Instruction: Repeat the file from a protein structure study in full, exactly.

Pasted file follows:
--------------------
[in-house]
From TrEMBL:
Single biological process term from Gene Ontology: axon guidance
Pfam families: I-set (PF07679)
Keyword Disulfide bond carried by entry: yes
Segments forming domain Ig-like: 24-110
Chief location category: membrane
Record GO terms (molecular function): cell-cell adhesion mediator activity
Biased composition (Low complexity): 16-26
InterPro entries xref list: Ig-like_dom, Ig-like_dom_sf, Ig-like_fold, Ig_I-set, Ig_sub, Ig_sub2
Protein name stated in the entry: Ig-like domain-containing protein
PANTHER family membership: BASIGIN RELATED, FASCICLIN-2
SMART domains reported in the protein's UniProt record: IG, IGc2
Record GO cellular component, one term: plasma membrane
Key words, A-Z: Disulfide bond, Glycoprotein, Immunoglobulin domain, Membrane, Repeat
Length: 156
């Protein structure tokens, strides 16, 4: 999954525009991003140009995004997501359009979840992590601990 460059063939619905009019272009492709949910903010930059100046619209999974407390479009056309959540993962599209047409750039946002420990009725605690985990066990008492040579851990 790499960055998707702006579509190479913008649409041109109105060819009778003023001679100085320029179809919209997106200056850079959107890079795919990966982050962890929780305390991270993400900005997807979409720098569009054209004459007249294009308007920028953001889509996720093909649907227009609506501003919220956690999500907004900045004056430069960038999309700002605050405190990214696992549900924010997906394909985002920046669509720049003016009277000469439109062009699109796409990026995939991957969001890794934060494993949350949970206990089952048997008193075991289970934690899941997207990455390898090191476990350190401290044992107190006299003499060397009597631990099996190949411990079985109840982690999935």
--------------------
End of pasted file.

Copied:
[in-house]
From TrEMBL:
Single biological process term from Gene Ontology: axon guidance
Pfam families: I-set (PF07679)
Keyword Disulfide bond carried by entry: yes
Segments forming domain Ig-like: 24-110
Chief location category: membrane
Record GO terms (molecular function): cell-cell adhesion mediator activity
Biased composition (Low complexity): 16-26
InterPro entries xref list: Ig-like_dom, Ig-like_dom_sf, Ig-like_fold, Ig_I-set, Ig_sub, Ig_sub2
Protein name stated in the entry: Ig-like domain-containing protein
PANTHER family membership: BASIGIN RELATED, FASCICLIN-2
SMART domains reported in the protein's UniProt record: IG, IGc2
Record GO cellular component, one term: plasma membrane
Key words, A-Z: Disulfide bond, Glycoprotein, Immunoglobulin domain, Membrane, Repeat
Length: 156
């Protein structure tokens, strides 16, 4: 999954525009991003140009995004997501359009979840992590601990 460059063939619905009019272009492709949910903010930059100046619209999974407390479009056309959540993962599209047409750039946002420990009725605690985990066990008492040579851990 790499960055998707702006579509190479913008649409041109109105060819009778003023001679100085320029179809919209997106200056850079959107890079795919990966982050962890929780305390991270993400900005997807979409720098569009054209004459007249294009308007920028953001889509996720093909649907227009609506501003919220956690999500907004900045004056430069960038999309700002605050405190990214696992549900924010997906394909985002920046669509720049003016009277000469439109062009699109796409990026995939991957969001890794934060494993949350949970206990089952048997008193075991289970934690899941997207990455390898090191476990350190401290044992107190006299003499060397009597631990099996190949411990079985109840982690999935």